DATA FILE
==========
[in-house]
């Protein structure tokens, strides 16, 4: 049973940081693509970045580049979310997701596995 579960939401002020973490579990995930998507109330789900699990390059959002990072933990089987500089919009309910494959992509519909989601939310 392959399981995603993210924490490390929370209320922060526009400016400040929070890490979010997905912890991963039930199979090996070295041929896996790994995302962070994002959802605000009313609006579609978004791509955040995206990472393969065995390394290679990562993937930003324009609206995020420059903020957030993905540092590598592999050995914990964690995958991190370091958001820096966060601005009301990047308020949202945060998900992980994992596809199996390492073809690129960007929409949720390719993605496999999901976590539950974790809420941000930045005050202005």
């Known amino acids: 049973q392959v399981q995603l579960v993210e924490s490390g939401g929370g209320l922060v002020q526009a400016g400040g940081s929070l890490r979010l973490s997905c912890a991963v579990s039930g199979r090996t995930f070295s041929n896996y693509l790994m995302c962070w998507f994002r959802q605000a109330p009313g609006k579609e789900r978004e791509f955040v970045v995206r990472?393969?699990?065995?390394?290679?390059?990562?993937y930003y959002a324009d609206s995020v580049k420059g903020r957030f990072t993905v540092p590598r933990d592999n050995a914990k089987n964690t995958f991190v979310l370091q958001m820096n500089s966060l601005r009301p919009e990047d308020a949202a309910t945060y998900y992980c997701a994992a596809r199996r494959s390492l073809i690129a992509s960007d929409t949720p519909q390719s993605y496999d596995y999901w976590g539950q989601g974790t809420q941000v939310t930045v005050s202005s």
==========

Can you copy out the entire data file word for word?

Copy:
[in-house]
């Protein structure tokens, strides 16, 4: 049973940081693509970045580049979310997701596995 579960939401002020973490579990995930998507109330789900699990390059959002990072933990089987500089919009309910494959992509519909989601939310 392959399981995603993210924490490390929370209320922060526009400016400040929070890490979010997905912890991963039930199979090996070295041929896996790994995302962070994002959802605000009313609006579609978004791509955040995206990472393969065995390394290679990562993937930003324009609206995020420059903020957030993905540092590598592999050995914990964690995958991190370091958001820096966060601005009301990047308020949202945060998900992980994992596809199996390492073809690129960007929409949720390719993605496999999901976590539950974790809420941000930045005050202005």
């Known amino acids: 049973q392959v399981q995603l579960v993210e924490s490390g939401g929370g209320l922060v002020q526009a400016g400040g940081s929070l890490r979010l973490s997905c912890a991963v579990s039930g199979r090996t995930f070295s041929n896996y693509l790994m995302c962070w998507f994002r959802q605000a109330p009313g609006k579609e789900r978004e791509f955040v970045v995206r990472?393969?699990?065995?390394?290679?390059?990562?993937y930003y959002a324009d609206s995020v580049k420059g903020r957030f990072t993905v540092p590598r933990d592999n050995a914990k089987n964690t995958f991190v979310l370091q958001m820096n500089s966060l601005r009301p919009e990047d308020a949202a309910t945060y998900y992980c997701a994992a596809r199996r494959s390492l073809i690129a992509s960007d929409t949720p519909q390719s993605y496999d596995y999901w976590g539950q989601g974790t809420q941000v939310t930045v005050s202005s």